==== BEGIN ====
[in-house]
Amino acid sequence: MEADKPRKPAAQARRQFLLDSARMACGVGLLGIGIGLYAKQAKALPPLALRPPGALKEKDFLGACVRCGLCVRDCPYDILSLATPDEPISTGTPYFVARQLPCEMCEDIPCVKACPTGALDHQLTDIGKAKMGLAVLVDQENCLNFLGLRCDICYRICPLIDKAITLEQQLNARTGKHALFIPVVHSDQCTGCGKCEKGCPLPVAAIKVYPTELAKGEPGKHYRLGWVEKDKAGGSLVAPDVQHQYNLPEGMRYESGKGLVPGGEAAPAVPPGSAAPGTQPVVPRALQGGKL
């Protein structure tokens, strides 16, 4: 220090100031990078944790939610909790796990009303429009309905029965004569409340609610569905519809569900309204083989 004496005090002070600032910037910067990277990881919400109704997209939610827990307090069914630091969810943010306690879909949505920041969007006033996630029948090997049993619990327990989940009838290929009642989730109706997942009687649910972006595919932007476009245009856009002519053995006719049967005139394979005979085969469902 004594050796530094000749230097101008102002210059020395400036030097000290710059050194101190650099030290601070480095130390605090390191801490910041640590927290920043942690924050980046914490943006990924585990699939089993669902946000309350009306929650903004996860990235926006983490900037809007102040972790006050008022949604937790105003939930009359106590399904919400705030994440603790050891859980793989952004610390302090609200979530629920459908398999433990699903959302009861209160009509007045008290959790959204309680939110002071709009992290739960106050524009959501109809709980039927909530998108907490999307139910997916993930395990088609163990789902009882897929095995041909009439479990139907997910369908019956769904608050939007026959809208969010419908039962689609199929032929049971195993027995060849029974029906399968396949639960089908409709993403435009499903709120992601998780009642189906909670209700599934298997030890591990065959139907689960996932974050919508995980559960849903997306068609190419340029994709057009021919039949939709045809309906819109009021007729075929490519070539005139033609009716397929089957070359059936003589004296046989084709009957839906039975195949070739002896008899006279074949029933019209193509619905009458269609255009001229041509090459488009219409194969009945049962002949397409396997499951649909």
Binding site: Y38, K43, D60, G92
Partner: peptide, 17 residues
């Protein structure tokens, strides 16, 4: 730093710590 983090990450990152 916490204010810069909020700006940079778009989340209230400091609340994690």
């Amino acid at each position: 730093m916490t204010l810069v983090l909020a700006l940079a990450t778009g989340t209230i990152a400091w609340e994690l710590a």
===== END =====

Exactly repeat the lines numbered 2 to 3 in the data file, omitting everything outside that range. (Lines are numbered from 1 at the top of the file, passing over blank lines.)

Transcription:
Amino acid sequence: MEADKPRKPAAQARRQFLLDSARMACGVGLLGIGIGLYAKQAKALPPLALRPPGALKEKDFLGACVRCGLCVRDCPYDILSLATPDEPISTGTPYFVARQLPCEMCEDIPCVKACPTGALDHQLTDIGKAKMGLAVLVDQENCLNFLGLRCDICYRICPLIDKAITLEQQLNARTGKHALFIPVVHSDQCTGCGKCEKGCPLPVAAIKVYPTELAKGEPGKHYRLGWVEKDKAGGSLVAPDVQHQYNLPEGMRYESGKGLVPGGEAAPAVPPGSAAPGTQPVVPRALQGGKL
């Protein structure tokens, strides 16, 4: 220090100031990078944790939610909790796990009303429009309905029965004569409340609610569905519809569900309204083989 004496005090002070600032910037910067990277990881919400109704997209939610827990307090069914630091969810943010306690879909949505920041969007006033996630029948090997049993619990327990989940009838290929009642989730109706997942009687649910972006595919932007476009245009856009002519053995006719049967005139394979005979085969469902 004594050796530094000749230097101008102002210059020395400036030097000290710059050194101190650099030290601070480095130390605090390191801490910041640590927290920043942690924050980046914490943006990924585990699939089993669902946000309350009306929650903004996860990235926006983490900037809007102040972790006050008022949604937790105003939930009359106590399904919400705030994440603790050891859980793989952004610390302090609200979530629920459908398999433990699903959302009861209160009509007045008290959790959204309680939110002071709009992290739960106050524009959501109809709980039927909530998108907490999307139910997916993930395990088609163990789902009882897929095995041909009439479990139907997910369908019956769904608050939007026959809208969010419908039962689609199929032929049971195993027995060849029974029906399968396949639960089908409709993403435009499903709120992601998780009642189906909670209700599934298997030890591990065959139907689960996932974050919508995980559960849903997306068609190419340029994709057009021919039949939709045809309906819109009021007729075929490519070539005139033609009716397929089957070359059936003589004296046989084709009957839906039975195949070739002896008899006279074949029933019209193509619905009458269609255009001229041509090459488009219409194969009945049962002949397409396997499951649909």